The same goes for fugitives from justice, drug addicts, adjudicated lunatics and domestic abusers. Interstate transportation, transfer of a firearm or ammunition by anyone in those prohibited categories, are felonies.
Terrorists? They are already covered by harsh federal law. An act of terrorism is a crime. Planning an act of terrorism is a crime. So, understand that acquisition of a gun or ammunition by anybody intended for criminal purposes is a federal felony.
Straw sales? Covered. It is a felony for anyone who is not a prohibited person to acquire a gun or ammunition for anybody in the prohibited category. All of this covers any gun-cheap gun, long gun, concealable gun or even a so-called "assault weapon."
The best data available from the U.S. Department of Justice indicates that only 0.7 percent of criminals obtained their firearms from gun shows. And those criminals violated the law: They committed serious crimes for which they could spend years in jail.
Understand the closing of the so-called "gun show loophole" for what it means. It would make it a criminal act for peaceable, law-abiding citizens to buy or sell guns to friends or neighbors without running a federal background check. Want to sell your brother-in-law your old Remington 870? A federal crime. They seek to put you and your guns into a federal database—for every firearm transferred in America, starting with gun shows.
What is the real point of closing the so-called "gun show loophole"? If it is to prohibit criminals from obtaining firearms, all the tools are already there. Bottom line, if it's illegal under federal law, it's illegal at a gun show.
How about enforcing the law? According to the mainstream media, one can simply walk into any one of the estimated 5,000 gun shows held annually in the United States and purchase machine guns, grenades and rocket launchers, no questions asked, cash and carry. At no place in the United States is such conduct legal. Federal and state laws regarding firearms apply to every corner of the nation—including gun shows.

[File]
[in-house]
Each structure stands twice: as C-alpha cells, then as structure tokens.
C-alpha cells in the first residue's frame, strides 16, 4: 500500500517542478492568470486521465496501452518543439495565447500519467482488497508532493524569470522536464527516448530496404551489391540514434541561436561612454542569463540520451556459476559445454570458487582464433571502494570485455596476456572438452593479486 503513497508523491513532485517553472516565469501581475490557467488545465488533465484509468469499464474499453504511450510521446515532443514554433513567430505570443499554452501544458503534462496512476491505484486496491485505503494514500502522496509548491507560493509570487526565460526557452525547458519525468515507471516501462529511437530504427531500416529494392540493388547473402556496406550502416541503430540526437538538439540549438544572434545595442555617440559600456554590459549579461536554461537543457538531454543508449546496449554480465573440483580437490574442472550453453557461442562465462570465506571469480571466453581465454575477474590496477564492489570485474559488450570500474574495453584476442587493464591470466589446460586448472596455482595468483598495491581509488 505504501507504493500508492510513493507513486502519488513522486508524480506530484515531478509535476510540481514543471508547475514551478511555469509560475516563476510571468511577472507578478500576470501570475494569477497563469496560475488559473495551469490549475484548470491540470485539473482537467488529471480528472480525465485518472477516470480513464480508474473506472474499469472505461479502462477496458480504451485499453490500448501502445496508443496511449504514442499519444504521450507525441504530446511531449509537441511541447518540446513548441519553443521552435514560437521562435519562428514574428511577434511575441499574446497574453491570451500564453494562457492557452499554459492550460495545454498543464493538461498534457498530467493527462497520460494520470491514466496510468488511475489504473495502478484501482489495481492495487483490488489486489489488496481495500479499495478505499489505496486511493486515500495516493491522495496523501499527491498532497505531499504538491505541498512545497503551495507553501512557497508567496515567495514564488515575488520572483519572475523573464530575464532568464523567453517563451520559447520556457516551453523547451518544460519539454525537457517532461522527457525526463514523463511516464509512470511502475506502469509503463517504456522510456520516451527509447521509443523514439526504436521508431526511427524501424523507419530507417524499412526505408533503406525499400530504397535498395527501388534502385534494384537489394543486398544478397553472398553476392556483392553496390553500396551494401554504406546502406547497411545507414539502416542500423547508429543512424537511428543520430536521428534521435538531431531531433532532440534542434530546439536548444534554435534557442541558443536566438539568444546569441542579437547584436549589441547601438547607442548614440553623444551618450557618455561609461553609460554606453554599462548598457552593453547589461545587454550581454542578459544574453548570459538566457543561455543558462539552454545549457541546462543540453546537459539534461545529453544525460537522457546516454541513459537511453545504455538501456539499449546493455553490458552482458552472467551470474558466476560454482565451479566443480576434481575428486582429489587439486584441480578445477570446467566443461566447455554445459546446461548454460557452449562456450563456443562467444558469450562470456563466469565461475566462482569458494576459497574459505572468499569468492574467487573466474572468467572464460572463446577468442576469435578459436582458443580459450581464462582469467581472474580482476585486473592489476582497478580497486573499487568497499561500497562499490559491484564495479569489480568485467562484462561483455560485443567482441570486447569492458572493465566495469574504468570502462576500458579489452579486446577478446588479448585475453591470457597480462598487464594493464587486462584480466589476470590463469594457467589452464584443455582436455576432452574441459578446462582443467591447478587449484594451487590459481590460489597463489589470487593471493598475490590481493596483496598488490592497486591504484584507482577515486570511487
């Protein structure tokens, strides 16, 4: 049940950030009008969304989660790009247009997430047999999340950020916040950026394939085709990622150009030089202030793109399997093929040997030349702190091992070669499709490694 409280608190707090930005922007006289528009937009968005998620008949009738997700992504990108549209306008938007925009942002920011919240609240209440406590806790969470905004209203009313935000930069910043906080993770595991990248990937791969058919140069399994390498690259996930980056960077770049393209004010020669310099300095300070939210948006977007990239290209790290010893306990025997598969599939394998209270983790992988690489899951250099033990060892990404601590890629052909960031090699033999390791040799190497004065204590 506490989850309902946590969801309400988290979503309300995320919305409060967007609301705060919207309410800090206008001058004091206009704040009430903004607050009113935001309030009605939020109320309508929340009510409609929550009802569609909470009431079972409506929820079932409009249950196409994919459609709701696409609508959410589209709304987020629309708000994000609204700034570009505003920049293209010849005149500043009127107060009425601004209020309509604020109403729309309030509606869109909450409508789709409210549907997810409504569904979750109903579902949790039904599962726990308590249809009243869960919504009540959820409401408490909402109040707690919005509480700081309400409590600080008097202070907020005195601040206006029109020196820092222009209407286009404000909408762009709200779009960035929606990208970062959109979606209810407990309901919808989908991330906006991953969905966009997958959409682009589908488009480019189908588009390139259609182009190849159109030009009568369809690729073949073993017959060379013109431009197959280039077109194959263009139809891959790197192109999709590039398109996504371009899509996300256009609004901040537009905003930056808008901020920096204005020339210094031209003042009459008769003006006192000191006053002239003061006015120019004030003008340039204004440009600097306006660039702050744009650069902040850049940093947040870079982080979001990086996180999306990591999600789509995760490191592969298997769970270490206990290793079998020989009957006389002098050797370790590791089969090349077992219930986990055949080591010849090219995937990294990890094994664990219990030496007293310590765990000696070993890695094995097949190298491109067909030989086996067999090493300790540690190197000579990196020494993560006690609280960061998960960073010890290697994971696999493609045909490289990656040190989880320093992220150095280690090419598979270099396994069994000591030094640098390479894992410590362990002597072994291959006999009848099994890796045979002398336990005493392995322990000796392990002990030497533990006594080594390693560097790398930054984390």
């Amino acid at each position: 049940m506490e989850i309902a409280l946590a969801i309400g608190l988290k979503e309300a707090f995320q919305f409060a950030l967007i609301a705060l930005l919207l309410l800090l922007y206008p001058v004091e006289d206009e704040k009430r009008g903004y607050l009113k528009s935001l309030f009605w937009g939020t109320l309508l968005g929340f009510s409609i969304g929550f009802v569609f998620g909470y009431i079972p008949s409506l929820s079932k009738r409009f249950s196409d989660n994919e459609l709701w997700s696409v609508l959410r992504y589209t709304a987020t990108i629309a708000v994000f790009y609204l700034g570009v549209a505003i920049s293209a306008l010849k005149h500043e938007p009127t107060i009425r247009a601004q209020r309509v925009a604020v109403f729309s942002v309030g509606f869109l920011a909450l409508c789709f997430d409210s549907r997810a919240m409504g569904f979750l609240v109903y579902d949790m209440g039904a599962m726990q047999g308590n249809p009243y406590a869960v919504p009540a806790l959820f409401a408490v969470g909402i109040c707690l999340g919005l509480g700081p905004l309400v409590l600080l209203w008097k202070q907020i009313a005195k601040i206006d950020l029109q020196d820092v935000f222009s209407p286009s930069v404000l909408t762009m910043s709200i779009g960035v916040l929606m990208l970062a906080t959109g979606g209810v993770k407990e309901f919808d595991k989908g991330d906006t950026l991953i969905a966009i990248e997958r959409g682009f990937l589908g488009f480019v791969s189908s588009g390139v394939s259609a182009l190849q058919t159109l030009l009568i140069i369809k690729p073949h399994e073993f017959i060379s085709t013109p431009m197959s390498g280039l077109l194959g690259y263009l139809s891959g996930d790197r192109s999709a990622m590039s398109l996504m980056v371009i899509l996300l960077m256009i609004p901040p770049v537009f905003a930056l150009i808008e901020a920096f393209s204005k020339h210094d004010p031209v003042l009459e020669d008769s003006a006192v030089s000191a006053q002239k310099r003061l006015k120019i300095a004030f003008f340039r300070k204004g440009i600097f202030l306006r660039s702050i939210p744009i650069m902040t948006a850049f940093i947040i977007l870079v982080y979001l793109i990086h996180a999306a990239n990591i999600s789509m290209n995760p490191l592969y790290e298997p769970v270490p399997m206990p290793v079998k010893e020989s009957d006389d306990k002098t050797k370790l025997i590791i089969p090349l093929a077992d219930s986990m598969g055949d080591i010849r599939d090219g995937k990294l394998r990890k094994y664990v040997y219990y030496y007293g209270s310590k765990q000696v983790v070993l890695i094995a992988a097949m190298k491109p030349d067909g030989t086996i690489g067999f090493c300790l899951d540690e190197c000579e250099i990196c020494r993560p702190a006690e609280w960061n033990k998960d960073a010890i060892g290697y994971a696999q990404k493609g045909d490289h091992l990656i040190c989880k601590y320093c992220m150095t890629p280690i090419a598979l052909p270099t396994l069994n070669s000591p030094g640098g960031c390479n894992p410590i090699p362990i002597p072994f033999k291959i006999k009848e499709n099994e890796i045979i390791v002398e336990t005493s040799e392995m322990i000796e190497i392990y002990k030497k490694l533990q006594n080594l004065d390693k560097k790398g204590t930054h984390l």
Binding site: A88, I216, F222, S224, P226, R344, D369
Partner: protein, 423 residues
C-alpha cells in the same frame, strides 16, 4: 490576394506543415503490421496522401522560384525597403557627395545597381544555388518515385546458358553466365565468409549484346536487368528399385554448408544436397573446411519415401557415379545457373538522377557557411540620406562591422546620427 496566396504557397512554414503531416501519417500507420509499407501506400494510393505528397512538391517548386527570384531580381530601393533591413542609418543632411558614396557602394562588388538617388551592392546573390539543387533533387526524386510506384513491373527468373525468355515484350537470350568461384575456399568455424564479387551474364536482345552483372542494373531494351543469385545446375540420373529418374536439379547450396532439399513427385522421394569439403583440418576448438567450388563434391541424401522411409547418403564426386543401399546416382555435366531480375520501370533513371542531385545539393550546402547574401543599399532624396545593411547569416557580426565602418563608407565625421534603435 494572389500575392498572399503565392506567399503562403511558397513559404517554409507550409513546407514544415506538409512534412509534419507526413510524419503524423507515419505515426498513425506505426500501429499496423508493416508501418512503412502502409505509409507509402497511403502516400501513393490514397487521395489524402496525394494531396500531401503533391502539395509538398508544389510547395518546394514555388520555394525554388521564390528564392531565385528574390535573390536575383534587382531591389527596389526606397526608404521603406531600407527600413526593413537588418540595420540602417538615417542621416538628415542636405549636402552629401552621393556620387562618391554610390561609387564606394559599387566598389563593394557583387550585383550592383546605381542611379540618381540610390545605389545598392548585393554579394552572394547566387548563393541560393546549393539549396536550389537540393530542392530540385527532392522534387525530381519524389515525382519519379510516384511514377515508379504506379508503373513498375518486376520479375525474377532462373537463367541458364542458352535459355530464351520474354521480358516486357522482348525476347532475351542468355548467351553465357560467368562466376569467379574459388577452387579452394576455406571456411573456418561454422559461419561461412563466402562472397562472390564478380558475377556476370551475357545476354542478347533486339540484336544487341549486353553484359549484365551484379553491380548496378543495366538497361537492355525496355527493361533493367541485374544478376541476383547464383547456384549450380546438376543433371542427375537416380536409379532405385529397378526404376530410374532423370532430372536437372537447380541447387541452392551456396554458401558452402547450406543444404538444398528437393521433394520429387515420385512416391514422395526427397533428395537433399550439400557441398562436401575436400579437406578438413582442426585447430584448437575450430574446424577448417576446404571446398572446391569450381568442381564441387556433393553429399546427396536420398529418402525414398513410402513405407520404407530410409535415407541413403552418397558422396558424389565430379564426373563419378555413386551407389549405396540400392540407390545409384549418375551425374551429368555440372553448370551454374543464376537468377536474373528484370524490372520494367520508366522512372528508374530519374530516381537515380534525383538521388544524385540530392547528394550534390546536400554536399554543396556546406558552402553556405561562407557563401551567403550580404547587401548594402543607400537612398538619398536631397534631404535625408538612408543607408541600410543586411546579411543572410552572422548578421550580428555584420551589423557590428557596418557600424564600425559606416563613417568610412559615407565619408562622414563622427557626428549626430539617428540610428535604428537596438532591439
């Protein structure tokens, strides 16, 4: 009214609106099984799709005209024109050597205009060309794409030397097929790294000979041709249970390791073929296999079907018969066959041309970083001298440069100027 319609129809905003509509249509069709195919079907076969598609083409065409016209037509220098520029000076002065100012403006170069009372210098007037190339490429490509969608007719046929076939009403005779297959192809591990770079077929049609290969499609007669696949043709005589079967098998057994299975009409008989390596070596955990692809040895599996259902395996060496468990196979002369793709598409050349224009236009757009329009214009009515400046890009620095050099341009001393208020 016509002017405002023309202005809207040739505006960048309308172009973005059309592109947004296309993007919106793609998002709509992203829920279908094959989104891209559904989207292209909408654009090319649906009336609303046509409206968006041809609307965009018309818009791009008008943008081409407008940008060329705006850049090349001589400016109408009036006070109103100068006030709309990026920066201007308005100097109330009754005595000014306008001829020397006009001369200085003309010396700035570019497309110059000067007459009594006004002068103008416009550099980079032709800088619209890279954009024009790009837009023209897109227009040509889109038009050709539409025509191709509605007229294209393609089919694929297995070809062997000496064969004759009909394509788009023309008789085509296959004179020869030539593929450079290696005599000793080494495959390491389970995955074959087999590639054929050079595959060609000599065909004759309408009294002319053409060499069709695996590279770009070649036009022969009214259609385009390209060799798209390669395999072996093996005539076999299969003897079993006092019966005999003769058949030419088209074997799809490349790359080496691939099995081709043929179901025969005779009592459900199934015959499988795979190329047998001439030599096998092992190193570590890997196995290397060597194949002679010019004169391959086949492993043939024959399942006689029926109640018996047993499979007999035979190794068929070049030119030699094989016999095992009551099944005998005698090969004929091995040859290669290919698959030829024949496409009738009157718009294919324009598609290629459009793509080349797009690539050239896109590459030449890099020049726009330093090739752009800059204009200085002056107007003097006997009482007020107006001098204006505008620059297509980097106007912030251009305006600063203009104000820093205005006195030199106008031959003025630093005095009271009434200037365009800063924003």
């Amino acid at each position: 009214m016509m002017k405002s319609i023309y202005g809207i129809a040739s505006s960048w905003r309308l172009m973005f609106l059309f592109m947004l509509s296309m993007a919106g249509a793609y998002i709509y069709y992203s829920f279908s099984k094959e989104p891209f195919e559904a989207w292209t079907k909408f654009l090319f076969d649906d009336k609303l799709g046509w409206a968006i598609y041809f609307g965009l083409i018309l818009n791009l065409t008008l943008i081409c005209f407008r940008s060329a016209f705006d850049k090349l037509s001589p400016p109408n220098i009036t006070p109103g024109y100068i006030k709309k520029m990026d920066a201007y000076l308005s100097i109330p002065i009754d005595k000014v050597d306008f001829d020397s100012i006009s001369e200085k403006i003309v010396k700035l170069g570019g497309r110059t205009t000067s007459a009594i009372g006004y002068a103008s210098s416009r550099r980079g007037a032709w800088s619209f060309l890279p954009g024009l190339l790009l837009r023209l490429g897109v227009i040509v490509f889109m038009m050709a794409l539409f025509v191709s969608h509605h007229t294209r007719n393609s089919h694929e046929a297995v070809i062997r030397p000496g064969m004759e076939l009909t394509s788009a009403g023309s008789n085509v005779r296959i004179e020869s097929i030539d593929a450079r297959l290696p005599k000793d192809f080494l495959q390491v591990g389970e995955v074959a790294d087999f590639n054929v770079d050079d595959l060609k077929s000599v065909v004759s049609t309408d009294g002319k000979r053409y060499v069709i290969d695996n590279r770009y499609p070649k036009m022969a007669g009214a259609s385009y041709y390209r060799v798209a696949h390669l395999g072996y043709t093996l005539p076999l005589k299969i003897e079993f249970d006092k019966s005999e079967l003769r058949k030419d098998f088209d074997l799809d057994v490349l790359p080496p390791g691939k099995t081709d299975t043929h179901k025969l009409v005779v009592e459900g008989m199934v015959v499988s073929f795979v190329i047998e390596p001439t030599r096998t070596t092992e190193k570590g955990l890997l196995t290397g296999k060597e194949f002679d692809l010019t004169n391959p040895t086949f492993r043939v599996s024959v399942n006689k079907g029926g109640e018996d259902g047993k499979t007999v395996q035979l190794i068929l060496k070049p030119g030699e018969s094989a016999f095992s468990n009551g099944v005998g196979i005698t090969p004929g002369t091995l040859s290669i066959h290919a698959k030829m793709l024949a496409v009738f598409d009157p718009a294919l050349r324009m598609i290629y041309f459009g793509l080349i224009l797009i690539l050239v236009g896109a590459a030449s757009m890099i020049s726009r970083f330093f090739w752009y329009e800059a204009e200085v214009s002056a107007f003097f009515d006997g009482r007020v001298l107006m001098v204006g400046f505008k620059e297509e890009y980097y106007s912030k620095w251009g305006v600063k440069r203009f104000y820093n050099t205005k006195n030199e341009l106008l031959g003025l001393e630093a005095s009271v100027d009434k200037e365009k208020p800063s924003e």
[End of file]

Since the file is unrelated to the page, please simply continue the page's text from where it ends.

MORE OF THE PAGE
So, what do those who would end gun shows really want for you and me? A permanent record of every gun owner and firearm in the United States on a federal computer. It's gun shows today, but all private transfers between law-abiding citizens are the objective.
The Bradys proved their goal. In 1989, the Roberti-Roos Act passed, the so-called "assault-weapon ban," in California. Gun owners in that state—where all sales must be registered and run through FFLs—were sent notices to register their affected guns or face fines or prison. The state imposed a deadline for the registration of "assault weapons." There was confusion regarding the registration. Guns not covered by the ban were registered, and others who had guns that should have been registered didn't get the word or were initially afraid to register their guns. When owners affected by the ban asked the state if they could register the guns after the deadline, California said yes.
Many did just that. Not satisfied, the Bradys sued the state and forced California to tell everyone who registered a gun after the deadline to get the gun out of the state or it would be confiscated. Anti-gunners used the courts to force the confiscation of guns from citizens who registered their guns and tried in good faith to comply with the law.
The calls to end the traditional American gun show and close the non-existent "gun show loophole" infringe on both the free speech and Second Amendment rights of law-abiding Americans. These infringements have far-reaching effects.
The next time I see my friend Danny I'm going to give him a copy of this essay. I hope others will copy it, too, and pass it on to people they might know among that "BUT..." class of gun owners, or to non-gun owners so they can better understand the truth about gun shows.
—Brian C. Sheetz and James O.E. Norell contributed to this story